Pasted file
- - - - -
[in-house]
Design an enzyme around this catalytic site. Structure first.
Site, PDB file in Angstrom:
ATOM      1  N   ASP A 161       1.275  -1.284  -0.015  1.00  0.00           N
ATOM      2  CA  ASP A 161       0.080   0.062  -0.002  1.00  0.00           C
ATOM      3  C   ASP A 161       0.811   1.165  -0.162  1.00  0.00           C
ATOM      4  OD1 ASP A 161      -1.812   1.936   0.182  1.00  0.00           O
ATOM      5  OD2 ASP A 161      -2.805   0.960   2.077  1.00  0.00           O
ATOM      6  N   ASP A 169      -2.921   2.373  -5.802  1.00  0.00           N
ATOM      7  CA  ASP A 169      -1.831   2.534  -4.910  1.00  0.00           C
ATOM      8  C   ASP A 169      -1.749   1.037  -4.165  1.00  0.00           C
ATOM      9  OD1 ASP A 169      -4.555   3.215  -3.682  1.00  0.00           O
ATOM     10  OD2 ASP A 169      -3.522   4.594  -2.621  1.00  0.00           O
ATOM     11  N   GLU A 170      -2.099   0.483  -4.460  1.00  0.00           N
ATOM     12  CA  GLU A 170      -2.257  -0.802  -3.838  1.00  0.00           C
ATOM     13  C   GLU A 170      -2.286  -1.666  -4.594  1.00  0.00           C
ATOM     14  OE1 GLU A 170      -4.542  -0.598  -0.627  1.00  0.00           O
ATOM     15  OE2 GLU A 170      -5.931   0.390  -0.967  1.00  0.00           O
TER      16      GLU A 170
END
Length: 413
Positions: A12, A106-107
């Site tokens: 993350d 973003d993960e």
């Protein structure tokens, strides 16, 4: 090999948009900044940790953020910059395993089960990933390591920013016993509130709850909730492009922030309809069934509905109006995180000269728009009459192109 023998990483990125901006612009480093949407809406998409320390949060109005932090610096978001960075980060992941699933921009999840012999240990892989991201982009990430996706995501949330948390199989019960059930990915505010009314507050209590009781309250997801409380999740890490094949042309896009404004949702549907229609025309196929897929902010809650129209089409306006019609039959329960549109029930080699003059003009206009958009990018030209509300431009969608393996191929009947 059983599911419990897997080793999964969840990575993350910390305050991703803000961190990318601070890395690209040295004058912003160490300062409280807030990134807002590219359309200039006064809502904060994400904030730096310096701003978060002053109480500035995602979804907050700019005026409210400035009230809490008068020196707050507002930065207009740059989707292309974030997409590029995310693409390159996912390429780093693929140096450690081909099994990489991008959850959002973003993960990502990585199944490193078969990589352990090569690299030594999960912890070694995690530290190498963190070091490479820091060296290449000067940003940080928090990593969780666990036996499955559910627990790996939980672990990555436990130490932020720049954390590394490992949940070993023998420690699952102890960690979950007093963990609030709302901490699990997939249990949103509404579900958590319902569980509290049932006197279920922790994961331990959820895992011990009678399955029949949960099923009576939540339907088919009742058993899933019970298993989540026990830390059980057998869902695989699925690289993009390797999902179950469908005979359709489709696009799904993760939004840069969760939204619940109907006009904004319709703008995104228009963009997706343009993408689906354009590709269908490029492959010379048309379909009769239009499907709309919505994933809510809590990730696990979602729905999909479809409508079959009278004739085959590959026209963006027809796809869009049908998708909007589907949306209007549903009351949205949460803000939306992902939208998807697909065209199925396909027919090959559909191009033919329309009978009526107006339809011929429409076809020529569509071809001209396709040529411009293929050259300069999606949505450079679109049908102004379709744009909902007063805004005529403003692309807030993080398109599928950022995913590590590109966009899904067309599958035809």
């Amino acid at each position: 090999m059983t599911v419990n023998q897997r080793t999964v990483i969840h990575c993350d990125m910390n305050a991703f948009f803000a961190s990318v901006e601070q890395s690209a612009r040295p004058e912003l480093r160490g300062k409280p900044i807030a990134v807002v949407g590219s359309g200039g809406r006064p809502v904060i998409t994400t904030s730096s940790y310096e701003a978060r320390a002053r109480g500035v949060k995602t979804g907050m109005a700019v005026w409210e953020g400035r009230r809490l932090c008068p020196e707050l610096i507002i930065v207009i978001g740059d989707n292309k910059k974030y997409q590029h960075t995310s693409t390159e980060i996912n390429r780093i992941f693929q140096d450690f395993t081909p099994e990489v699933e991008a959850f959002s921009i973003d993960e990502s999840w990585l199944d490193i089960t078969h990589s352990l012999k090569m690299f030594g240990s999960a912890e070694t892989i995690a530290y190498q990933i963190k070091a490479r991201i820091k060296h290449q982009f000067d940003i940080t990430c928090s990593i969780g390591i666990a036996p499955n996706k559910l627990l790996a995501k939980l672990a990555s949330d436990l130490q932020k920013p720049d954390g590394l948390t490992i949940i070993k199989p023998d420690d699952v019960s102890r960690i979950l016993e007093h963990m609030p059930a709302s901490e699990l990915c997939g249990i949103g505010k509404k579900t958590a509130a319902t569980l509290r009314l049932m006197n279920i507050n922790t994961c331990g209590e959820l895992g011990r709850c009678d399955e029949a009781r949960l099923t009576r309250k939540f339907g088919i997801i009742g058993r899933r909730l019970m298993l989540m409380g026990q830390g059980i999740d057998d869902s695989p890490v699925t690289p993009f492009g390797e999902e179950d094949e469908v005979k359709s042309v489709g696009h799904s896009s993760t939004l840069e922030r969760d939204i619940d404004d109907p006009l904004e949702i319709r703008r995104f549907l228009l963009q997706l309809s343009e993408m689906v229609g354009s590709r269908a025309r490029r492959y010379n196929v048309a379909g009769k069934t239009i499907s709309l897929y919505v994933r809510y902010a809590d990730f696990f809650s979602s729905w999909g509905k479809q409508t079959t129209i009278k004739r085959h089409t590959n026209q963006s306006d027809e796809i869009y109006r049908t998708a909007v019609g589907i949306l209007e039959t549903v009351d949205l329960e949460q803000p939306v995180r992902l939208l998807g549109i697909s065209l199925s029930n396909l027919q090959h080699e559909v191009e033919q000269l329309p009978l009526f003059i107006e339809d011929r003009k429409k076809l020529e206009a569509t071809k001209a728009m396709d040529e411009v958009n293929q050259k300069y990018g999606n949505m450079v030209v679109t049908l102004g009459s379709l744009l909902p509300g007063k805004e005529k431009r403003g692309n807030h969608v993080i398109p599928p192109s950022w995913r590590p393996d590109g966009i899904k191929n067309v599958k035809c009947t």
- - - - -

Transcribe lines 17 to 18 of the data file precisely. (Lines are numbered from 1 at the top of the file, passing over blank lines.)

ATOM     14  OE1 GLU A 170      -4.542  -0.598  -0.627  1.00  0.00           O
ATOM     15  OE2 GLU A 170      -5.931   0.390  -0.967  1.00  0.00           O